Platform: PlayStation 3, PlayStation 4
Release Date: September 15, 2016 (Japan), April 4, 2017
Publisher: Atlus, Deep Silver (EU)
Genre: Role-Playing, Social Simulator
After numerous delays and a general lack of communication from Atlus, we have finally arrived. Four years after its initial release date and the world outside of Japan finally gets their hands on the elusive Shin Megami Tensei game: Persona 5. Can it hold up to the expectations it's generated? Let's take a look!
Before we begin, it's worth noting that Atlus veterans Katsura Hashino, Shoji Meguro, Yujiro Kosaka, and Shigenori Soejima all reprise their production roles from previous Persona titles, giving the game a strong starting point, with regard to maintaining the quality of its predecessors.
Persona 5 starts with what is seemingly the end of its story. The hero, a nameless proxy for the audience, is being pursued throughout a casino by a group of men in black suits. He makes his way to a balcony, only to be confronted by one of his pursuers. The man's body collapses into a red and black mist, giving way to a Minotaur-esque creature. The two begin to fight, but the hero summons a similar mystical being and quickly dispatches the monster with his own. Continuing on his escape route, after crashing through a plate glass window in the most stylish way possible, he is suddenly surrounded by police officers, and quickly arrested.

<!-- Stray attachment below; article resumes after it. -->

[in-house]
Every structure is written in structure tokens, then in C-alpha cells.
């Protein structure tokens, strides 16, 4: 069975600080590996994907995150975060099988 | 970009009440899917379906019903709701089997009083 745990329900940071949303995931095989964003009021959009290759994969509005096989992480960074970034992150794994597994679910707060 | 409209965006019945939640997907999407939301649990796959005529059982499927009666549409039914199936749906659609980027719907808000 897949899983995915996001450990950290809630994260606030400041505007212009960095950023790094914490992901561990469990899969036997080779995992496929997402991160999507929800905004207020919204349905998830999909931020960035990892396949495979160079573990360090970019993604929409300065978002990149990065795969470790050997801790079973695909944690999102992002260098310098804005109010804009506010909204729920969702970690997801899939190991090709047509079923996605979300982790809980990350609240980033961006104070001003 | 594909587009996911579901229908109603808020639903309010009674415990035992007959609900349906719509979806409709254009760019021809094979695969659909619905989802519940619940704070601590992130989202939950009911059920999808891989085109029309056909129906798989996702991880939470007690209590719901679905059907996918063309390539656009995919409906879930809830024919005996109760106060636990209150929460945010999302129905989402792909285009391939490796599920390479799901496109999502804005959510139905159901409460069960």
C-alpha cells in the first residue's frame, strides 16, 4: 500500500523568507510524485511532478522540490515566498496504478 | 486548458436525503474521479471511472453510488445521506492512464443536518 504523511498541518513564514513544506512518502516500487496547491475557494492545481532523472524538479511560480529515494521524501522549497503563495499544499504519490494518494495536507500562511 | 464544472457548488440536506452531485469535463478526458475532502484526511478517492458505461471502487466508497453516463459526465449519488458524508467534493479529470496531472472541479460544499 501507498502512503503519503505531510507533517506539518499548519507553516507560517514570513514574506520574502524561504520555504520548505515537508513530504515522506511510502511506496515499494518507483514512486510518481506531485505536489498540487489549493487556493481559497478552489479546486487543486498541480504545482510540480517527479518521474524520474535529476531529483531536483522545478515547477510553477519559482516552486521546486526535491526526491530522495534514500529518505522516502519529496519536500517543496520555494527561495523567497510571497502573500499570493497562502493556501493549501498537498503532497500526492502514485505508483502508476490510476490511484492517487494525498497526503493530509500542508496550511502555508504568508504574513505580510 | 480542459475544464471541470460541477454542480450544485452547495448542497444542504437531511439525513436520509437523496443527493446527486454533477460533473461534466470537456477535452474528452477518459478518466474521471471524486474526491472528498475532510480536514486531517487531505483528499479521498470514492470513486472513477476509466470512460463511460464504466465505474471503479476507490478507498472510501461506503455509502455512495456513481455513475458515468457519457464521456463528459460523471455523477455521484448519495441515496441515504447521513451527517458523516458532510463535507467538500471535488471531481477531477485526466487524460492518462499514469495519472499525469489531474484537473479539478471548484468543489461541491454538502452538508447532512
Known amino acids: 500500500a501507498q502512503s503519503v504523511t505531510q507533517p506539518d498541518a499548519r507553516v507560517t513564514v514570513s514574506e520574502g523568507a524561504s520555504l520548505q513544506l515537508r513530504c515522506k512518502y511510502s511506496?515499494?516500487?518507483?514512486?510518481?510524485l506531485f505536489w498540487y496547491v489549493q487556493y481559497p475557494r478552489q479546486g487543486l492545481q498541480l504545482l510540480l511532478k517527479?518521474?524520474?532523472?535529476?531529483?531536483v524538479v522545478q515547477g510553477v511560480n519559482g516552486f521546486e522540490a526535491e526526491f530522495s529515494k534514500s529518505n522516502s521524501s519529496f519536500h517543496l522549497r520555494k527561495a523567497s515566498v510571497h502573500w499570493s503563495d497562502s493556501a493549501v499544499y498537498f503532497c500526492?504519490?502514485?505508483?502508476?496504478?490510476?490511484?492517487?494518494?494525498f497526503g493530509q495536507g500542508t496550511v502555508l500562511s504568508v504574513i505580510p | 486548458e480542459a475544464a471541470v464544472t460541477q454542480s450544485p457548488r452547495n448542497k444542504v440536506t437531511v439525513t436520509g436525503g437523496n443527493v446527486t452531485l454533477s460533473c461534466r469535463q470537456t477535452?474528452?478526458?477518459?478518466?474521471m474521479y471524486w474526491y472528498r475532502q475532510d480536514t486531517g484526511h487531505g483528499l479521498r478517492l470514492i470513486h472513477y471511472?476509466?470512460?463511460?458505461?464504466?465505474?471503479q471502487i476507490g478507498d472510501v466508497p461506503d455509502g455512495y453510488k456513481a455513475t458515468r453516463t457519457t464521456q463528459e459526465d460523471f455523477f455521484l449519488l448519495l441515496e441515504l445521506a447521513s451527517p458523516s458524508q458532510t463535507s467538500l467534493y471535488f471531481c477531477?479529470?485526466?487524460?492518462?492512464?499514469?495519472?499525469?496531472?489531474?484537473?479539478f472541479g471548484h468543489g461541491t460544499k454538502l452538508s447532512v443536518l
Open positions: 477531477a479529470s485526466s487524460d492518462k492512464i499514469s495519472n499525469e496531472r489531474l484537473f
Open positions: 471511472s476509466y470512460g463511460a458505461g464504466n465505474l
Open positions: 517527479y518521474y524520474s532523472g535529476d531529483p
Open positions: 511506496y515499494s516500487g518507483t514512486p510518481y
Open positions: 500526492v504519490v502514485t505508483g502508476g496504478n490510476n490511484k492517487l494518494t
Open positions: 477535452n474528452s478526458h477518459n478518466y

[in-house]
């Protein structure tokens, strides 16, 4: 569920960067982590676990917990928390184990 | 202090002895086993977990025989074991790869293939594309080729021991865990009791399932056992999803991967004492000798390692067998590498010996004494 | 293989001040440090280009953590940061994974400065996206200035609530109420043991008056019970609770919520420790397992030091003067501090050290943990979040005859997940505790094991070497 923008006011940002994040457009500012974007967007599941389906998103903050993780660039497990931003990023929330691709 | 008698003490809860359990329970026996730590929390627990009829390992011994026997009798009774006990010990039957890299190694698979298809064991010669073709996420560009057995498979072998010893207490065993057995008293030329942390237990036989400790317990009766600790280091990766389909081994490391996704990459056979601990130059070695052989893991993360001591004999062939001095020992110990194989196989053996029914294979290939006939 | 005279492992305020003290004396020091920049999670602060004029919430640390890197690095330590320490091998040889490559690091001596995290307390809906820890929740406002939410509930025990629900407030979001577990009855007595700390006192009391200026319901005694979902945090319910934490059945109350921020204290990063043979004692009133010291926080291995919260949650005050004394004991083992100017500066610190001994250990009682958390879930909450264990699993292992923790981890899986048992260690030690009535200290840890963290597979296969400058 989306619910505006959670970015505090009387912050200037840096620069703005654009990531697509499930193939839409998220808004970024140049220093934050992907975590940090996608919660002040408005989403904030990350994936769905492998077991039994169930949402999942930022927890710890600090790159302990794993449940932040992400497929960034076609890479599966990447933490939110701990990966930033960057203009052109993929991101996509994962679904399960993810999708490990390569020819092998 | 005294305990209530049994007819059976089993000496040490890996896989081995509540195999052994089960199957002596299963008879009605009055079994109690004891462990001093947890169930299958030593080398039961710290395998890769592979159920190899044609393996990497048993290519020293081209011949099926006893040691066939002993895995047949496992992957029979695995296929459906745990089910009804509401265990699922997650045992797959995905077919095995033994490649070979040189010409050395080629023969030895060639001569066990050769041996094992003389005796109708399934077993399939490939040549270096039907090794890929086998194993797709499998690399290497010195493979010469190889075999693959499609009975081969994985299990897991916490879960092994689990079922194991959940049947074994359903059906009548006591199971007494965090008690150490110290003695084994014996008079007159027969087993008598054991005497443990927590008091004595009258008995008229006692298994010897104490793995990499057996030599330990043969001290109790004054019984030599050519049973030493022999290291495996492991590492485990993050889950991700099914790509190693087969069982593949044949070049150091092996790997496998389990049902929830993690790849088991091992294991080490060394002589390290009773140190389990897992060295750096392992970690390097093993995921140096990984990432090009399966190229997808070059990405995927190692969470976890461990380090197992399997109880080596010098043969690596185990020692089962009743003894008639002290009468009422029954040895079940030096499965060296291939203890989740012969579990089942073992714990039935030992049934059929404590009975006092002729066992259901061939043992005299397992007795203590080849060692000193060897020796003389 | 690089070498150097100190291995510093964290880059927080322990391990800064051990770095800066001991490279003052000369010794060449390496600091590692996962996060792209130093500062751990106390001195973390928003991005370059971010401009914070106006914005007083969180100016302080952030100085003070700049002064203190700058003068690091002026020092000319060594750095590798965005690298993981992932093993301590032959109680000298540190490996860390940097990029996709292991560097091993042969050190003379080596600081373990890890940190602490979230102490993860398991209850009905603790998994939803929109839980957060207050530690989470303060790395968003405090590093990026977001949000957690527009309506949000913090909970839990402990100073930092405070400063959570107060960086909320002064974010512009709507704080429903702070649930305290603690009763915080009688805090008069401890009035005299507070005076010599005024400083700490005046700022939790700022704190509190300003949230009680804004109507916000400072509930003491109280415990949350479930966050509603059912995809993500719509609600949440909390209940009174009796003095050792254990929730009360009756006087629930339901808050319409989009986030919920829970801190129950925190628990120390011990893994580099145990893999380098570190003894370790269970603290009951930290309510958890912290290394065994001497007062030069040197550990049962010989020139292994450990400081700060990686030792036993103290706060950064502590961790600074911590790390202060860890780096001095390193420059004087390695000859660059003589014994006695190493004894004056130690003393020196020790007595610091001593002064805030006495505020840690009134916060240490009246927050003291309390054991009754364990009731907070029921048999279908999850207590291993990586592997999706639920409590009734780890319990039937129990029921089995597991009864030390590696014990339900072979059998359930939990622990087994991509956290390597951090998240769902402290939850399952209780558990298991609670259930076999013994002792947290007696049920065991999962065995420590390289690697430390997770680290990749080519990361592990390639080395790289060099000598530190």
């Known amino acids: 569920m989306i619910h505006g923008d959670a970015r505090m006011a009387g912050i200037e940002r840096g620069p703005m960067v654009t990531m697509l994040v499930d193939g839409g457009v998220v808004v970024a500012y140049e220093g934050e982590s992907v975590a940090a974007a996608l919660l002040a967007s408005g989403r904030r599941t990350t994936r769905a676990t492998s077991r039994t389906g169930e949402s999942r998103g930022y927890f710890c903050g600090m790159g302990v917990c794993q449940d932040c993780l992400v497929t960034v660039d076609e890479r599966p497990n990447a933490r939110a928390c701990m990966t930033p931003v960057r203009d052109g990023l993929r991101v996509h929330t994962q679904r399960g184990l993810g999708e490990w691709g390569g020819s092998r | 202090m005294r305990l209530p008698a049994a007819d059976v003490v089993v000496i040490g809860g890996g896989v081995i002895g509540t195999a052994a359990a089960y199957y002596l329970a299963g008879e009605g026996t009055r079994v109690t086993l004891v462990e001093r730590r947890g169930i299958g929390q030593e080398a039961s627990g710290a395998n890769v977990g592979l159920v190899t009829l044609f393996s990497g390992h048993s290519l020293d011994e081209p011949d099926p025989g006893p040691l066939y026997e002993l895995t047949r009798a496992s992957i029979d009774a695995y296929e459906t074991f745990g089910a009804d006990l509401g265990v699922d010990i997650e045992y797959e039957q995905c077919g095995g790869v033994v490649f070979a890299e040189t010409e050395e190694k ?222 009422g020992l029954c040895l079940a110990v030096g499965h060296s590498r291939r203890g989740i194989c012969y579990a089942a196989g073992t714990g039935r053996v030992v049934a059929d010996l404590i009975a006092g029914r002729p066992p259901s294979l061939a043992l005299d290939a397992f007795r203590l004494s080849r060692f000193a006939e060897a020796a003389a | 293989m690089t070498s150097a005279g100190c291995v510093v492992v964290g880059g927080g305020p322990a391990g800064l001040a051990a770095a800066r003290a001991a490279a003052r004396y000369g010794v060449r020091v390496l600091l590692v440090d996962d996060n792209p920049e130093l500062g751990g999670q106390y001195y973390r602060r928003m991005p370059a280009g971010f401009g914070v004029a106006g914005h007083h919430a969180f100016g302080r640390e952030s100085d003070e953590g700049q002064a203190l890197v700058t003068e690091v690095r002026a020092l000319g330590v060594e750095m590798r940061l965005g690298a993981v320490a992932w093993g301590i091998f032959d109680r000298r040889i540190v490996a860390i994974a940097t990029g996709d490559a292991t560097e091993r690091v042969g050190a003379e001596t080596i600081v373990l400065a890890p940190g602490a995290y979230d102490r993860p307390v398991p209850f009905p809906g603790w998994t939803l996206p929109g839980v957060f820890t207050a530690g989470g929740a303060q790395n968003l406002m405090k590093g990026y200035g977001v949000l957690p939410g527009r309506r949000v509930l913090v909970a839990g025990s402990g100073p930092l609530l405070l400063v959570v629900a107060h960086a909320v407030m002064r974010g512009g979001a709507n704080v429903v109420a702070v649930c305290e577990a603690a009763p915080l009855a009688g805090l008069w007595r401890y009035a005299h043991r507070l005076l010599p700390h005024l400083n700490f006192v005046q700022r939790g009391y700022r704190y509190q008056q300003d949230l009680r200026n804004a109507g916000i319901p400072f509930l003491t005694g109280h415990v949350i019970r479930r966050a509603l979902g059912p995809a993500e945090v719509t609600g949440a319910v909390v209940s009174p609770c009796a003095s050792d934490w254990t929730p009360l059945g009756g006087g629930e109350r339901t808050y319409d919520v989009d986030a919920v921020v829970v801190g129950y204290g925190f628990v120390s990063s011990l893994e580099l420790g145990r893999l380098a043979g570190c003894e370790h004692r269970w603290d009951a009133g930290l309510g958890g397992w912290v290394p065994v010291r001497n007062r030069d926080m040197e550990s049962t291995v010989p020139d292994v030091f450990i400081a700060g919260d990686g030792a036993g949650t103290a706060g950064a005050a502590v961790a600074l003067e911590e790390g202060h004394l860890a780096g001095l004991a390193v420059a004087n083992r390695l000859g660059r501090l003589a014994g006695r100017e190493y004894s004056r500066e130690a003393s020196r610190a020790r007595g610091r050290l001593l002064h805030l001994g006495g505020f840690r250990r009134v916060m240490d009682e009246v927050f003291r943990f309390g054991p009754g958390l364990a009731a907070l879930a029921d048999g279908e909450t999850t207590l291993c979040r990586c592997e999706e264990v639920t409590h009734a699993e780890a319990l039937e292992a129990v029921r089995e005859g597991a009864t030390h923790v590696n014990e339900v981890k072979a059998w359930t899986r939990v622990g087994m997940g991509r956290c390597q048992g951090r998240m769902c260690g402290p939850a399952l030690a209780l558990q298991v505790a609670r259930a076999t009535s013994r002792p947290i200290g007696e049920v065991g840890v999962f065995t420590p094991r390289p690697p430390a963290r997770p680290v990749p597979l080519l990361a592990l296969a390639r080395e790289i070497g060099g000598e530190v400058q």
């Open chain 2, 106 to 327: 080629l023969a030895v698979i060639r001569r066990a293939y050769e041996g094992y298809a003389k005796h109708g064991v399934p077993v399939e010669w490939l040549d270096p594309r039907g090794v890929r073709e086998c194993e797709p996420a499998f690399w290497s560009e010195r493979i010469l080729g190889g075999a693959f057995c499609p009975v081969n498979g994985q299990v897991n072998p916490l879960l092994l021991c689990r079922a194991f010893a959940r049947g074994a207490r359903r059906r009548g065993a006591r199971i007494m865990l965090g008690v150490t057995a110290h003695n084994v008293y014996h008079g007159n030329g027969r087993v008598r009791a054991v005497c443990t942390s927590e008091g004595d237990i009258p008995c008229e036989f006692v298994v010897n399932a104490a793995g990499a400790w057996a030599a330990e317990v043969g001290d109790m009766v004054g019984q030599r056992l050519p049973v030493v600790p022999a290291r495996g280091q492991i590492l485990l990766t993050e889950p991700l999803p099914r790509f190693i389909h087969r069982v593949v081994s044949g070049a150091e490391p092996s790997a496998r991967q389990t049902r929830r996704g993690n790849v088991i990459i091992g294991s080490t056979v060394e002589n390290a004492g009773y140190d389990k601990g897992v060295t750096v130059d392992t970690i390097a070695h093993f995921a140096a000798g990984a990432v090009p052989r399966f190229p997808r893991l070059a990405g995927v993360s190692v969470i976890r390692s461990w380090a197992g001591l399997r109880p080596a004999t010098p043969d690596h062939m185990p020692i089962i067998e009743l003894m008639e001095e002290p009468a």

A Thief's End
After his apprehension, he is informed by a cocky investigator that he was sold out by a member of his own team. Soon thereafter he is placed in a secluded room until, eventually, a prosecutor arrives to interrogate him. This becomes a primary storytelling mechanism for the majority of the game, as the protagonist explains the details of his crimes as one of the Phantom Thieves: a group of vigilantes aiming to change the hearts of ne'er-do-wells.
As he begins spinning his tale, we quickly discover that he is a student and one on probation at that. An assault case in his hometown forced him to leave his previous school and begin anew at Shujin Academy, who agreed to take in the troubled student. On the first day of school, he and another student make their way to the building itself, only to discover that it has taken a mysterious new form...
If you haven't previously ventured through a game from this series, the early goings might raise your eyebrows. It's important to realize that Persona 5 is slow by design. It is essentially part social simulator, part role-playing game, with heavy visual novel influences. You should be prepared for a lot of exposition and a lot of dialogue.